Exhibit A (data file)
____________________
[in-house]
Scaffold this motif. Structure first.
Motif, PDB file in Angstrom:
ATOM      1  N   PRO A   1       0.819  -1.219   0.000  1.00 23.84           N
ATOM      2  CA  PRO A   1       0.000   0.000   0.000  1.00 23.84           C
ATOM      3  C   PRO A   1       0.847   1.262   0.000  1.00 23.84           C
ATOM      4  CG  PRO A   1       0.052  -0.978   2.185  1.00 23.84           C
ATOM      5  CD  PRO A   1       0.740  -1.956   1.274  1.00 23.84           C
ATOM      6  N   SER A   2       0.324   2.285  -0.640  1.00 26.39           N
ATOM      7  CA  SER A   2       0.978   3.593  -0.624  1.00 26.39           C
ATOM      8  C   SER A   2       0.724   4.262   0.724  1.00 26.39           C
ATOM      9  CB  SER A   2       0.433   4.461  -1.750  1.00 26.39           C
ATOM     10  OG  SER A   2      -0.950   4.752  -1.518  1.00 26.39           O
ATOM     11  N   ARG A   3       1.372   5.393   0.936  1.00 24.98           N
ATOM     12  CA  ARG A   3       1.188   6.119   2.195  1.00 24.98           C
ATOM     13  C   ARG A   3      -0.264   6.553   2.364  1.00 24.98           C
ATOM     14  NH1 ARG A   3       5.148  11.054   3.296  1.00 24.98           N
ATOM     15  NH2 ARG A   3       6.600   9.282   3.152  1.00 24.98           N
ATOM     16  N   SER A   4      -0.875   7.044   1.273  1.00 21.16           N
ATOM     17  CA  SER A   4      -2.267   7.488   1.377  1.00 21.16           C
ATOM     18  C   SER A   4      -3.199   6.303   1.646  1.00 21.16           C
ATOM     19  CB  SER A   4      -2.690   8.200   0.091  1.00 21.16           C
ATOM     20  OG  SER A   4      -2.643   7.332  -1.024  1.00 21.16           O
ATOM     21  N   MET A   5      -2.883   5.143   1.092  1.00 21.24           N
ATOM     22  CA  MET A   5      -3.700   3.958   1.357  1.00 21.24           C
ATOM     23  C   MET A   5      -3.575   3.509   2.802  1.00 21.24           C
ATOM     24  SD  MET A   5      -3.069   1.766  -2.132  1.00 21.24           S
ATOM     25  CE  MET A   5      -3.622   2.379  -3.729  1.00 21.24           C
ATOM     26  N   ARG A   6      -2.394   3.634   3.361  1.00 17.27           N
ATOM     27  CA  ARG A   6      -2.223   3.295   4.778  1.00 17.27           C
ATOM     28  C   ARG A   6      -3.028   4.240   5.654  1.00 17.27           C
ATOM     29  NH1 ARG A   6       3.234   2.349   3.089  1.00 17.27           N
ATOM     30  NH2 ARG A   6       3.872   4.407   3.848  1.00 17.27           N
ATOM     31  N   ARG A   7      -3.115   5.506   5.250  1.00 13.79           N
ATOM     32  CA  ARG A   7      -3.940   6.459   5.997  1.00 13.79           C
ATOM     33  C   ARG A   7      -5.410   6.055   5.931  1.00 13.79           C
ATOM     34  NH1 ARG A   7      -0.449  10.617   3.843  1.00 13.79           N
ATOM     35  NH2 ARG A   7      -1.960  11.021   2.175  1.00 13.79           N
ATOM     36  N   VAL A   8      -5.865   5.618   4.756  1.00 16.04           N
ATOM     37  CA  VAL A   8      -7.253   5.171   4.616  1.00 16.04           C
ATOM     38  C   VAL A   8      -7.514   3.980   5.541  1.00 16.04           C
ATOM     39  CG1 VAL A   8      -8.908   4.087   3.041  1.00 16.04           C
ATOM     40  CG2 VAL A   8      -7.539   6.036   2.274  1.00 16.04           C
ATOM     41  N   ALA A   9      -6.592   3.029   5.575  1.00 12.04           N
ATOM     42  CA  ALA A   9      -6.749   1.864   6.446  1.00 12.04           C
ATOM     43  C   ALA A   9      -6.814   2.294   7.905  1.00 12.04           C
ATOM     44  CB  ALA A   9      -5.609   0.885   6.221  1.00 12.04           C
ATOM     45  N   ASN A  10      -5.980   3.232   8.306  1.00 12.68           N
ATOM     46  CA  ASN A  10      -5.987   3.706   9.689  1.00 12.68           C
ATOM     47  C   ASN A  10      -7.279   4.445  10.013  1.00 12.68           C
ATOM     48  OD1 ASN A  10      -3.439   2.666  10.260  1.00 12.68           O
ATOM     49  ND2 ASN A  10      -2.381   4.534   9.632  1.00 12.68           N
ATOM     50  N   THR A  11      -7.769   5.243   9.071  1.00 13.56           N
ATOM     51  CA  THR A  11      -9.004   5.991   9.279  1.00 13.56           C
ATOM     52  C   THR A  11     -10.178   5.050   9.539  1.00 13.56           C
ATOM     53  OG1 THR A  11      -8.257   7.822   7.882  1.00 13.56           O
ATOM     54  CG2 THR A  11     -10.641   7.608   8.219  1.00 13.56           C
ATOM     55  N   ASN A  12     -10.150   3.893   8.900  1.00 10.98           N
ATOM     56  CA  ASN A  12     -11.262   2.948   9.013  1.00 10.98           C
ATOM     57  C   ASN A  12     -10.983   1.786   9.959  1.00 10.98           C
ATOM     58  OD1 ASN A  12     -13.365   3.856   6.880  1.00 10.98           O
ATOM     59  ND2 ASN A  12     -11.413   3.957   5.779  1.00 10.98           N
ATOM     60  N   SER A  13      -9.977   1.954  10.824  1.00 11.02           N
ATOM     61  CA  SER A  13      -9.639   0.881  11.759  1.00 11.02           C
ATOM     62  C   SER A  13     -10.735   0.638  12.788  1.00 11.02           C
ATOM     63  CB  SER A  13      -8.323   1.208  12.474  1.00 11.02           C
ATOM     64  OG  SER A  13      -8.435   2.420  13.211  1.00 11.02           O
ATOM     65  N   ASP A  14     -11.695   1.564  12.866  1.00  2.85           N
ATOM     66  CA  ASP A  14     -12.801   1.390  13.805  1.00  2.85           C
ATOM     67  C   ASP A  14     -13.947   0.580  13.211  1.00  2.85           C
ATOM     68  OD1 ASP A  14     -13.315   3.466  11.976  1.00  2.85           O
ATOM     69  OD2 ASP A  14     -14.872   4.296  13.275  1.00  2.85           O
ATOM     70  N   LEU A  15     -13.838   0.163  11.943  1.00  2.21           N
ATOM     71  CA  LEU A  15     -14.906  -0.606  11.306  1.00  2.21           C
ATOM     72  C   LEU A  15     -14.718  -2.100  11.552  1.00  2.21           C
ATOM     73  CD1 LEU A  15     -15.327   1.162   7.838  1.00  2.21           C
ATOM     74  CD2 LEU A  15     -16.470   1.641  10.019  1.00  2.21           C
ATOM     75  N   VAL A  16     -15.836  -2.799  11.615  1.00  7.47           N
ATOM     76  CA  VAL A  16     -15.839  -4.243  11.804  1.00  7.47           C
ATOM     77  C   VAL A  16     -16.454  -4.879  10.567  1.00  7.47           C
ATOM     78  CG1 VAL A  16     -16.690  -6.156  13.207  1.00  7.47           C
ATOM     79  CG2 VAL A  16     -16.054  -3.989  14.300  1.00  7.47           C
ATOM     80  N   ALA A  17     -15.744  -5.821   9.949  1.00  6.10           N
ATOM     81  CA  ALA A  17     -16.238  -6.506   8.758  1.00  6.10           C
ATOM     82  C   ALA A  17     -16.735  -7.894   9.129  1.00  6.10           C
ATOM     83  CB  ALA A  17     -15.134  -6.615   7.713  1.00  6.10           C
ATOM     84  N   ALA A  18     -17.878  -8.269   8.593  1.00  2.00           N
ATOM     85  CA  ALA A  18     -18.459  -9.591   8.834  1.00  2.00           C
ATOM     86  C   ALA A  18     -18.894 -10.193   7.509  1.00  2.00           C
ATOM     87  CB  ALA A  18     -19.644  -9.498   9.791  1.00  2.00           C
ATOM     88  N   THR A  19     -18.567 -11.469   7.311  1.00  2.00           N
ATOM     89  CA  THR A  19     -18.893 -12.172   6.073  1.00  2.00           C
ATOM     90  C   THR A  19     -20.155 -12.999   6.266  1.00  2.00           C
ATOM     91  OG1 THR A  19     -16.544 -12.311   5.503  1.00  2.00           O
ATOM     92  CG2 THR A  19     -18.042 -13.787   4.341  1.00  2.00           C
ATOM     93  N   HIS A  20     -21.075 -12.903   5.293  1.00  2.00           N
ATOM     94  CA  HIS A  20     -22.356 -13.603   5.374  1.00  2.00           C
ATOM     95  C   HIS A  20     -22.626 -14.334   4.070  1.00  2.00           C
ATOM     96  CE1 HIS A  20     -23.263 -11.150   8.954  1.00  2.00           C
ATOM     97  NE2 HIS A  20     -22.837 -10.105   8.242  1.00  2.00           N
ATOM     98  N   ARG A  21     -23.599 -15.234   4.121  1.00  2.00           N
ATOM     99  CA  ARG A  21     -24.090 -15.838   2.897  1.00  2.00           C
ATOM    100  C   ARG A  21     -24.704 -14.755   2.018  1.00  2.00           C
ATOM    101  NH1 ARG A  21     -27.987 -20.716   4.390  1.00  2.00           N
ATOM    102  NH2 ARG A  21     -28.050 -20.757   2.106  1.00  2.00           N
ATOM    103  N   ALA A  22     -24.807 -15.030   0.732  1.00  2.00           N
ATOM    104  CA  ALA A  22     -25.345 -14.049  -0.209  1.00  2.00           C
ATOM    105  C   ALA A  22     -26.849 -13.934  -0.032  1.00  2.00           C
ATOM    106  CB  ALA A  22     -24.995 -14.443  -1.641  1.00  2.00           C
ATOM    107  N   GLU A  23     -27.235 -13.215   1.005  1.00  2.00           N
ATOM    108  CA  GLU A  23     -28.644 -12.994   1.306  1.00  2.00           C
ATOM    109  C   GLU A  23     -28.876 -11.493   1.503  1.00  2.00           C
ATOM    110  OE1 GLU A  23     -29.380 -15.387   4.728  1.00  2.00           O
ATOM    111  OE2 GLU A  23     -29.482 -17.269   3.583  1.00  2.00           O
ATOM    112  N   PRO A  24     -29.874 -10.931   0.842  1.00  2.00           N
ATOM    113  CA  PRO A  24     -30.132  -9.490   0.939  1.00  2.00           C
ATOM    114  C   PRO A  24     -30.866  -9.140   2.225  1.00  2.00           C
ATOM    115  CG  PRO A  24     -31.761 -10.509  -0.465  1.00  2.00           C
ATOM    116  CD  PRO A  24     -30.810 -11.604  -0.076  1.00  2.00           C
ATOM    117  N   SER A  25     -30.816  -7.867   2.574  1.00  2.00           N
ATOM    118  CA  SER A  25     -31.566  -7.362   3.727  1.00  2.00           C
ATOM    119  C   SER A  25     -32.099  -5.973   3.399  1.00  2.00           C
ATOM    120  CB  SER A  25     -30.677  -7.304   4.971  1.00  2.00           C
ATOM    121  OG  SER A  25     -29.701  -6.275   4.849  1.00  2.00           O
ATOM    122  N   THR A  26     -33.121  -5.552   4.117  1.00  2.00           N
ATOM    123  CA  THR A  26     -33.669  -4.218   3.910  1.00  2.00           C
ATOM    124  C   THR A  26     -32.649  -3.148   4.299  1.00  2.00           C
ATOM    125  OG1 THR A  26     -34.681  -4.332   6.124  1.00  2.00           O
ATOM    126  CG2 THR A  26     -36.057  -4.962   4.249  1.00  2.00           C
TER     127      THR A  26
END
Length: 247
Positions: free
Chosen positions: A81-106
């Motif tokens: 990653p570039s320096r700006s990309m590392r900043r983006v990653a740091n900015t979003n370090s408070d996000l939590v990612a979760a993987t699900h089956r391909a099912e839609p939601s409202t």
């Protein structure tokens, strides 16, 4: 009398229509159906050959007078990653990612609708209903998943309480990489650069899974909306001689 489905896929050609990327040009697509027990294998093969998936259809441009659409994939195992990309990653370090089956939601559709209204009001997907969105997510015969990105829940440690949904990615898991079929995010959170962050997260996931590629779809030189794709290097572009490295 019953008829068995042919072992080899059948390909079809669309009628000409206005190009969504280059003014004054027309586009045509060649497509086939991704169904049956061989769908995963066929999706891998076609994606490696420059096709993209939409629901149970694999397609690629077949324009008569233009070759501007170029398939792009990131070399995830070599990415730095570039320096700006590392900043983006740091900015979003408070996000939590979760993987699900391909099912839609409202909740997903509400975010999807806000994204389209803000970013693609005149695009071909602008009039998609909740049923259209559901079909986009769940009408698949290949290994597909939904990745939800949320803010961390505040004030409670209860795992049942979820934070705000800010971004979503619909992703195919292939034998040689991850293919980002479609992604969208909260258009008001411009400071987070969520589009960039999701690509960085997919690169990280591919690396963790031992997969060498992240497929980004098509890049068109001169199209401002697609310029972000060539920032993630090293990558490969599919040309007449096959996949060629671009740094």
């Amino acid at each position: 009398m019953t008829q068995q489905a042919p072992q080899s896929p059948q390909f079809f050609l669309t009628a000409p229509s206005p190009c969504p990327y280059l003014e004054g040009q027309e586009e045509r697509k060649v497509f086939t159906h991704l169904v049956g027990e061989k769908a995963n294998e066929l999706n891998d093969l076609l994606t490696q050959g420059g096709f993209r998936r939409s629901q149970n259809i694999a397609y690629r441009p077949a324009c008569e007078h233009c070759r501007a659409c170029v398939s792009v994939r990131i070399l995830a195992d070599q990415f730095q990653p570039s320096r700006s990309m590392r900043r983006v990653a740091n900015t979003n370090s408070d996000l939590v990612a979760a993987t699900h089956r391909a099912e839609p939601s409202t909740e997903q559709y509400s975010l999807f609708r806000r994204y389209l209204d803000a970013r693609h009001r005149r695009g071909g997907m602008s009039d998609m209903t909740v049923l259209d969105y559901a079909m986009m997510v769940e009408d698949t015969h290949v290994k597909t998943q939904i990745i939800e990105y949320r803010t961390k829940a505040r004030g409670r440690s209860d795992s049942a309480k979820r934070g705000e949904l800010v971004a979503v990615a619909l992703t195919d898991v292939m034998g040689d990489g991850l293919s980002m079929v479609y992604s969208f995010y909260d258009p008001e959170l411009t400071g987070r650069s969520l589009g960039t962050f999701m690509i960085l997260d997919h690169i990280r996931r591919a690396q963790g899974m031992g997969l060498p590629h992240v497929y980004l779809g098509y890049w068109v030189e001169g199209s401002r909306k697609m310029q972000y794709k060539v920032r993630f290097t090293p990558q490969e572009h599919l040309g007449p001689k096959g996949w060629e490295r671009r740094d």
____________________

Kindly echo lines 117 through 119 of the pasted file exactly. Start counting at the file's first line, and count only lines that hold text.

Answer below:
ATOM    114  C   PRO A  24     -30.866  -9.140   2.225  1.00  2.00           C
ATOM    115  CG  PRO A  24     -31.761 -10.509  -0.465  1.00  2.00           C
ATOM    116  CD  PRO A  24     -30.810 -11.604  -0.076  1.00  2.00           C